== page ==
first_imgMaharashtra’s economy grew at an estimated 7.5% in 2018-19, the same pace as the year before it, but growth in the agricultural sector collapsed to a mere 0.4% and crop output shrank by a sharp 8%.With industrial growth also contracting, it was only a sharp 9.2% growth in the Services sector that helped the State retain the 7.5% growth rate, as per the Economic Survey tabled in the Assembly on Monday.The agriculture and allied activities sector is expected to grow by 0.4% compared to 3.1% in 2017-18 while industry may grow by 6.9% compared to 7.6 % in the previous fiscal. Only the services sector is predicted to grow faster than the 8.1% recorded in 2017-18. What should set off alarm bells about the State’s agrarian economy is the 8% contraction in crop production during the year gone by. “The State is facing consecutive droughts. The drop in crop production is a result of that. Despite that, we have managed to keep the overall growth rate at more than that of the Indian economy,” said Finance Minister Sudhir Mungantiwar. “We are expected to maintain the pace of the growth despite odds,” he said, adding that the real Gross State Domestic Product (GSDP) is estimated to be ₹20,88,835 crore with expected growth of 7.5%. Chief Minister Devendra Fadnavis has set a target to make Maharashtra a trillion dollar economy by 2025. Maharashtra is presently a $400 billion economy.The Opposition has raised doubts about the numbers quoted in the survey, and demanded a close scrutiny. Former chief minister and senior Congress leader Prithviraj Chavan flagged some doubts on the authenticity of figures and said the agricultural growth rate had been revised by almost 12%. “As per the Economic Survey of 2017-18, the estimated agriculture development rate was (-) 8.3%. In the present survey, it has been revised to 3.4%. It is impossible to have such a big change of almost 12%. The government should show proof of such drastic changes,” he said. Dhananjay Munde, the Leader of Opposition in the Legislative Council said there was a need to set up an “all-party members’ committee” for evaluation of the Economic Survey.According to the survey, the State witnessed average rainfall (84.3% of the normal) in 2017-18, 10.7 percentage points lower than 2016-17. Production of food grain, oilseeds and cotton decreased by about 15.1%, 17.7% and 43.3% respectively while that of sugarcane, fruits and vegetables increased by 53.3%, 10.3% and 17% respectively. The survey estimates the growth rate of mining & quarrying and manufacturing sectors within the industry as 2.9% and 7.1% for 2018-19, up from 7.2% and 7.7% in 2017-18. Mr. Mungantiwar said that the State has registered growth in per capita income during 2018-19 at ₹1,91,827 from ₹1,76,102 of 2017-18. The State however, ranks at number three behind Karnataka and Telangana nationally.last_img read more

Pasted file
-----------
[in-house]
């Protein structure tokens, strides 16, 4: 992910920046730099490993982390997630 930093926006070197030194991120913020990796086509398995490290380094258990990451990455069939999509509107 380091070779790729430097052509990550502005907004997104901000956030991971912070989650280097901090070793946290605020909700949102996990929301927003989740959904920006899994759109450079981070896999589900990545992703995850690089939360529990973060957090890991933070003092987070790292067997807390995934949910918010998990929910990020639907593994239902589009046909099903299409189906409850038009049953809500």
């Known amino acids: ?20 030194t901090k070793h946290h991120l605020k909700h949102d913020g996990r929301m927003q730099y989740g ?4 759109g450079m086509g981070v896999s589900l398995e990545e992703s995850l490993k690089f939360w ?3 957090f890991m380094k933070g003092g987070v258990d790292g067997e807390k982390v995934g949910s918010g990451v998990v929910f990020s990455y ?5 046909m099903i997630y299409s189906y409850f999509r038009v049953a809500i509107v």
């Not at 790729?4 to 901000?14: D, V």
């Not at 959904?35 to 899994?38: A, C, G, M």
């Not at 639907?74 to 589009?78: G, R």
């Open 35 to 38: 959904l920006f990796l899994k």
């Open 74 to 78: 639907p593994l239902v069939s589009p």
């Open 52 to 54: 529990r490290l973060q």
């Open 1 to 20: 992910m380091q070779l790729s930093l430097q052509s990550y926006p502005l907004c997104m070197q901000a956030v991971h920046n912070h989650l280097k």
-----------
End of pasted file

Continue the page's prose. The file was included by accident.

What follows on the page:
‘Fan’ Valdez says team has a lot of fight to show